Marvin J. Gregory; Judy A. Gregory, Plaintiffs-appellants, v. Dennis R. Scott; Charles A. Baechler, et al., Defendants-appellees, 29 F.3d 632 (9th Cir. 1994)Annotate this Case
Before: TANG, PREGERSON, and T.G. NELSON, Circuit Judges.
Marvin J. and Judy A. Gregory ("the Gregorys") appeal pro se the district court's sua sponte dismissal of their 42 U.S.C. § 1983 action prior to issuance and service of process. The Gregorys contend that their court appointed counsel and Judge Nordtvedt conspired with state officials to deprive them of their constitutional rights. We review for an abuse of discretion, Denton v. Hernandez, 112 S. Ct. 1728, 1734 (1992), and we affirm in part, reverse in part, and remand.
Pursuant to 28 U.S.C. § 1915(d), a district court may dismiss a complaint sua sponte before service of process only if it is frivolous. Nietzke v. Williams, 490 U.S. 319, 324 (1989). A complaint is frivolous if it "lacks an arguable basis either in law or in fact." Id. at 325. A pro se plaintiff who has presented an arguable claim is entitled to issuance and service of process. Jackson v. Arizona, 885 F.2d 639, 640 (9th Cir. 1989). Although a court must construe a pro se plaintiff's pleading liberally and afford the plaintiff the benefit of any doubt, Karim-Panahi v. Los Angeles Police Dep't, 839 F.2d 6212, 632 (9th Cir. 1988), a pro se complaint may be dismissed without leave to amend if it is clear that the deficiencies could not be cured by amendment, Noll v. Carlson, 809 F.2d 1446, 1448 (9th Cir. 1987).
Judges are absolutely immune for all judicial acts performed within their subject matter jurisdiction when the plaintiff is seeking damages pursuant to 42 U.S.C. § 1983. Stump v. Sparkman, 435 U.S. 349, 356 (1978); Ashelman v. Pope, 793 F.2d 1072, 1075 (9th Cir. 1986). An act is "judicial" when it is a function normally performed by a judge and the parties dealt with the judge in his judicial capacity. Sparkman, 435 U.S. at 362; Crooks v. Maynard, 913 F.2d 699, 700 (9th Cir. 1990). "A judge will not be deprived of immunity because the action he took was in error, was done maliciously, or was in excess of his authority; rather, he will be subject to liability only when he has acted in the clear absence of all jurisdiction." Sparkman, 435 U.S. at 356-57 (citation omitted).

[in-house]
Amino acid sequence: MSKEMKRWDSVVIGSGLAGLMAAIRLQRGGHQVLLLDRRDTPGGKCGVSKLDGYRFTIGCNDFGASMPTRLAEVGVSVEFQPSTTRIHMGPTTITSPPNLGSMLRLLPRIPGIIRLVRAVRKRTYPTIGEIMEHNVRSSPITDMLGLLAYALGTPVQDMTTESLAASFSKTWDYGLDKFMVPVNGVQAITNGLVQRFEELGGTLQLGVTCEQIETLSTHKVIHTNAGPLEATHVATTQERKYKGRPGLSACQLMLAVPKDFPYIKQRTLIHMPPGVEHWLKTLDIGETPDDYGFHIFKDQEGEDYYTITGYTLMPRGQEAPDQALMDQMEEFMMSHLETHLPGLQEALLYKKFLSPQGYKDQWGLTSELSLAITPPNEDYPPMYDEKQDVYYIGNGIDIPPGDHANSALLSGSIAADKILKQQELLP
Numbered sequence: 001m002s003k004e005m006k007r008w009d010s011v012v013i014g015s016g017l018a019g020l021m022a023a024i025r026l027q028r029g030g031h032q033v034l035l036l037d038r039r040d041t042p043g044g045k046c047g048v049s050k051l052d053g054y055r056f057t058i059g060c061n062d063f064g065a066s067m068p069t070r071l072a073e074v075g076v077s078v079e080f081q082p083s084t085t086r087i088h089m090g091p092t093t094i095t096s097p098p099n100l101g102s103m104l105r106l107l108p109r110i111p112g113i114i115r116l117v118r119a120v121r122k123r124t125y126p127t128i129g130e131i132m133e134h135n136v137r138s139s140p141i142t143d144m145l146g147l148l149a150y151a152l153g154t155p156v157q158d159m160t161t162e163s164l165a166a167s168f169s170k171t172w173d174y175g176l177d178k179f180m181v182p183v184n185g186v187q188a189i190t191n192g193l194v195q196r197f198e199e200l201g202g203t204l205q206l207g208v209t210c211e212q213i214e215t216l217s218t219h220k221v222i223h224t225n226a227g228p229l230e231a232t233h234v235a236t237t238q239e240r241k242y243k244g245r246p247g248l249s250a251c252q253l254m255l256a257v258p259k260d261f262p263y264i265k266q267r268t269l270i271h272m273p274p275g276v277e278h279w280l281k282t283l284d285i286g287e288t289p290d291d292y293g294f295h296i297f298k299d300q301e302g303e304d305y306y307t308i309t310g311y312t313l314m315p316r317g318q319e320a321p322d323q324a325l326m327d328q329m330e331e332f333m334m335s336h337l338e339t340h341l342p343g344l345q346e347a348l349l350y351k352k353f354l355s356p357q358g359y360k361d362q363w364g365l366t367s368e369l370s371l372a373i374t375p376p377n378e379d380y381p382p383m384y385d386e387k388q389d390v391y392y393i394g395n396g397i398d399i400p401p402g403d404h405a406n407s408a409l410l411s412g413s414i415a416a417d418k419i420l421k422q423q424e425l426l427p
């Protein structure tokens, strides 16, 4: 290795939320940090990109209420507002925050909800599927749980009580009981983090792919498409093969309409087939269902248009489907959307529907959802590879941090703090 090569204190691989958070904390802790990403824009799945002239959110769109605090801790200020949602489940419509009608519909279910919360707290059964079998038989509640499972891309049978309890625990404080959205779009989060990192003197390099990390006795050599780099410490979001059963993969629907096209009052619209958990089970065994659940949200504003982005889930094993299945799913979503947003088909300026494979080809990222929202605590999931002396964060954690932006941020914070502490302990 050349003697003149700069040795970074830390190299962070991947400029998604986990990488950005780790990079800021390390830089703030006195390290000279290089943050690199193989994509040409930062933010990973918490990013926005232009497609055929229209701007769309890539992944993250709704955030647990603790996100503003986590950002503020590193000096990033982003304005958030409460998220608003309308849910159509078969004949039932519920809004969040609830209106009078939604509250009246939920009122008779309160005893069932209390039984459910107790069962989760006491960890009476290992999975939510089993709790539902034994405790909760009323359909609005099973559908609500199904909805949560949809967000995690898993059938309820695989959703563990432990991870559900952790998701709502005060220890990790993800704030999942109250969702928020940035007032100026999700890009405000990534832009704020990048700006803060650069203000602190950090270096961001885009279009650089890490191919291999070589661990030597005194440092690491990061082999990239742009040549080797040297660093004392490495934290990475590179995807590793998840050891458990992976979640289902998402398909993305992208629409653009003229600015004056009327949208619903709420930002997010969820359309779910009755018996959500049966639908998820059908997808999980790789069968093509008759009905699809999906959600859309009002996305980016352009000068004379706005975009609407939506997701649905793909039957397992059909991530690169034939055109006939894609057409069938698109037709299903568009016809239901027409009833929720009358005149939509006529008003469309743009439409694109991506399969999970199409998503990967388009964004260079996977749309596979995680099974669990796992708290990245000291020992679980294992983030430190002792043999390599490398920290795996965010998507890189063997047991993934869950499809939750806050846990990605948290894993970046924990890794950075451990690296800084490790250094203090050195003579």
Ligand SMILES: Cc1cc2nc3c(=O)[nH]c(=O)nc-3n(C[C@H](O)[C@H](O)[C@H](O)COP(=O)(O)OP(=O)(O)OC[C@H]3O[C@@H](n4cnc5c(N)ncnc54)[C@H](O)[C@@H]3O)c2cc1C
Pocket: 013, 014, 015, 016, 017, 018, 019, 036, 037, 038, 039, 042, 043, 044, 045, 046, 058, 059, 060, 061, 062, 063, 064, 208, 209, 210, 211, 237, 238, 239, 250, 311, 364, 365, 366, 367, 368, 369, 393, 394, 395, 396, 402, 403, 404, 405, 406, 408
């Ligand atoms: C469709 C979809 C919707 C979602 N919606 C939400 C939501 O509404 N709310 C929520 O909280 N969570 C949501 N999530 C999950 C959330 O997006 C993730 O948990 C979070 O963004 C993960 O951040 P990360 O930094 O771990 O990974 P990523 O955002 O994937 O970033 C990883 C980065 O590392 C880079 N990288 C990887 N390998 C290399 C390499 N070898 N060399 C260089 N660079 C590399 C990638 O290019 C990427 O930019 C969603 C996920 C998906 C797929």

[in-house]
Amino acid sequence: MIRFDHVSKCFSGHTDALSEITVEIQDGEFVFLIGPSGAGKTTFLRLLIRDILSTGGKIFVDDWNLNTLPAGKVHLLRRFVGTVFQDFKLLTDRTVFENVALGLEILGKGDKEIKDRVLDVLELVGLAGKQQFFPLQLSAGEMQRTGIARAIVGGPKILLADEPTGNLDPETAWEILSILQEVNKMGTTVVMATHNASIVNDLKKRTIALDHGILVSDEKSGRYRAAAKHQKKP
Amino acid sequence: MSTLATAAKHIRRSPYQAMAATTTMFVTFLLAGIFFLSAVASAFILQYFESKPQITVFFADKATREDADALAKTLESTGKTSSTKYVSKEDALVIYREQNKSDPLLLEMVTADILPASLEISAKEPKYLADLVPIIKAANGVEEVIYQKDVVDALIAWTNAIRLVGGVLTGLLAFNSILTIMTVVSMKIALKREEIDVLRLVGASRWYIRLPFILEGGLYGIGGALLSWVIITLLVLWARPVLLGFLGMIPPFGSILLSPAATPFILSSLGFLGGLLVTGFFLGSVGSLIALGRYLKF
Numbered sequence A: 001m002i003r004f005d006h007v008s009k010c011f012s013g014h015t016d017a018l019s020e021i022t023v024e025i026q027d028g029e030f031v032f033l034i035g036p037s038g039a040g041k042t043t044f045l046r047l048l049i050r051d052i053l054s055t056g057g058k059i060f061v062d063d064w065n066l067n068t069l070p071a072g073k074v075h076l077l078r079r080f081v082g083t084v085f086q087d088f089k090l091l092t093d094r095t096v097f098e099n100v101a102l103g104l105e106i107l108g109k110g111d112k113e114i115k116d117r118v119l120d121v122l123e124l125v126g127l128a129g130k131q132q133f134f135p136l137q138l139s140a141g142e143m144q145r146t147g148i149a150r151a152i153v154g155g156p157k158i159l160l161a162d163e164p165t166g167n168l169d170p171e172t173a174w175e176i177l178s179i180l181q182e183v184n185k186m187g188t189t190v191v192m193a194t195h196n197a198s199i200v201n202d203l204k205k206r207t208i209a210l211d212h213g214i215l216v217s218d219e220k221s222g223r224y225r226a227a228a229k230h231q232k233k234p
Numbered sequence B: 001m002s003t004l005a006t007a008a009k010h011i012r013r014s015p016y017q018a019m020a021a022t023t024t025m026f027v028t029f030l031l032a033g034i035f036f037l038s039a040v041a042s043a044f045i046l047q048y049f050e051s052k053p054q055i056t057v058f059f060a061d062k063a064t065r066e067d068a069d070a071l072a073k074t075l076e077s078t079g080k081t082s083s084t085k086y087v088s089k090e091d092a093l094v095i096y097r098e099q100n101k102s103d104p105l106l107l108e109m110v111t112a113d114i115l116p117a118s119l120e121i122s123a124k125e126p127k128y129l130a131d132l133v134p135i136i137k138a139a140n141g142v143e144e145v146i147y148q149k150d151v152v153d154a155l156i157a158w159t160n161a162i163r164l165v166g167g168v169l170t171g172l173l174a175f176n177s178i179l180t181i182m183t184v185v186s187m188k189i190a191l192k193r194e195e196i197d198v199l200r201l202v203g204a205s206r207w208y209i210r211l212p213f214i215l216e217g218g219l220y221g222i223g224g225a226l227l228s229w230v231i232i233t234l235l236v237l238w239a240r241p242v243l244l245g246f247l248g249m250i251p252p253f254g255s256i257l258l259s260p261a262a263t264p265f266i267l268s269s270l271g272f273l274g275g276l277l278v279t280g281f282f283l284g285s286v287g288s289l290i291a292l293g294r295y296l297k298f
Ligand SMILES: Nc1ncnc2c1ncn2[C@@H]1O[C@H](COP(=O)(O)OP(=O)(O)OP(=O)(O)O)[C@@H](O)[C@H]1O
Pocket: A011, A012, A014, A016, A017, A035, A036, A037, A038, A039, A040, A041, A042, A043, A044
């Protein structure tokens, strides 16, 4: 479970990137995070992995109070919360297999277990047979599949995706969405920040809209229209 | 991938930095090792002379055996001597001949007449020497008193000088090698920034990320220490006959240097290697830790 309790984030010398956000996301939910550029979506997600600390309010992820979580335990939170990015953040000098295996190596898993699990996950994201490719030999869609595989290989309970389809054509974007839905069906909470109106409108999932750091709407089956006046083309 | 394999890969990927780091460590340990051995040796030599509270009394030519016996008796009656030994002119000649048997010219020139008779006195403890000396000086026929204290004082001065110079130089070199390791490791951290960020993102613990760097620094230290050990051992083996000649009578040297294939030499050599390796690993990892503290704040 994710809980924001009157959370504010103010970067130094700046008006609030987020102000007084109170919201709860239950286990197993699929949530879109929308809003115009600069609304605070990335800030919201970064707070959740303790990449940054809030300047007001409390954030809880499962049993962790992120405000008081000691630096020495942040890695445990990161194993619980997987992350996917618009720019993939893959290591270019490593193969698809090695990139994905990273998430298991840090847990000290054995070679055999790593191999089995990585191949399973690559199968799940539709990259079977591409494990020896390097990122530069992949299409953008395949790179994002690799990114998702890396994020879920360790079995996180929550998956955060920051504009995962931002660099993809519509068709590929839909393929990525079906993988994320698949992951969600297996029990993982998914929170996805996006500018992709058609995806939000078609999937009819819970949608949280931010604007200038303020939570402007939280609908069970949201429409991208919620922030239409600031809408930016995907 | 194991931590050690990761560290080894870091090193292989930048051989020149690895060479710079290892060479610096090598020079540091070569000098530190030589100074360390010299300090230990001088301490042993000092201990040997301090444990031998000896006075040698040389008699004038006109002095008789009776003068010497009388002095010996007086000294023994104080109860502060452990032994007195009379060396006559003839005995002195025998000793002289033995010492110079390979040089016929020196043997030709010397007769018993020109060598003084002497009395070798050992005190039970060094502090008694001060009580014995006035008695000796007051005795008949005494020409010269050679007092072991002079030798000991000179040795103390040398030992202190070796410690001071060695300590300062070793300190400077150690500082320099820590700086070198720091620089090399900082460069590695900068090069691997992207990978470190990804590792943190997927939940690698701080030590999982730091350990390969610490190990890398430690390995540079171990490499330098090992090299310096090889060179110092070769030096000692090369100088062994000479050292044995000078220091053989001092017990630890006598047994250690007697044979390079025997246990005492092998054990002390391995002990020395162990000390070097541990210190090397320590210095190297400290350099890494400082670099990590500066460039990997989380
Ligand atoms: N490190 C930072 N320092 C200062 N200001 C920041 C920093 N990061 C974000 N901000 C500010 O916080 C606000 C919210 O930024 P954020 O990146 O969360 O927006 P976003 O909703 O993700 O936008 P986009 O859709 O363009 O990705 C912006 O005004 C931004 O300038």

Here, the Gregorys challenge Judge Nordtvedt's conduct in signing the search warrant issued for the search of the Gregory's home. Specifically, they contend that Judge Nordtvedt was not a judge when she signed the search warrant, and thus she is not immune from liability under section 1983. The Gregorys, however, submitted evidence which clearly indicates that Judge Nordtvedt was appointed as a Judge Pro-Tempore pursuant to Wash.Rev.Code Sec. 3.34.130 in 1989. Thus, when Judge Nordtvedt signed the search warrant in October of 1990, she was a judge performing a judicial act. See Crooks, 913 F.2d at 700. Because Judge Nordtvedt has absolute immunity, the district court did not err by dismissing the claims against her as frivolous. See Stump, 435 U.S. at 356-57; Karim-Panahi, 839 F.2d at 623. Accordingly, we affirm the district court's dismissal of the Gregorys' claims against Judge Nordtvedt.
Defendants Scott and Baechler
A public defender "performing a lawyer's traditional functions as counsel to a defendant in a criminal proceeding" does not act under color of state law and cannot be liable under section 1983. Polk County v. Dodson, 454 U.S. 312, 325 (1981). Nevertheless, a public defender who conspires with state officials does act under color of state law and may be liable. Tower v. Glover, 467 U.S. 914, 923 (1984).
Here, the Gregorys alleged that their defense attorneys, Dennis R. Scott and Charles A. Baechler, conspired with police, prosecutors, and judges to issue illegal search warrants, alter evidence, and conceal facts in a criminal action filed against them in Oreille County Superior Court.
Because the Gregorys' complaint alleged that the public defenders appointed to represent them conspired with state officials to deprive the Gregorys of their constitutional rights, the complaint contains an arguable basis in law. Tower, 467 U.S. at 923. Accordingly, we reverse the district court's judgment as to defendants Scott and Baechler and remand for issuance and service of process. See Nietzke, 109 S. Ct. at 1833 (distinguishing between the standards for dismissal of a complaint as frivolous pursuant to 28 U.S.C. § 1915(d) and for failure to state a claim pursuant to Fed. R. Civ. P. 12(b) (6)).
AFFIRMED IN PART, REVERSED IN PART, AND REMANDED.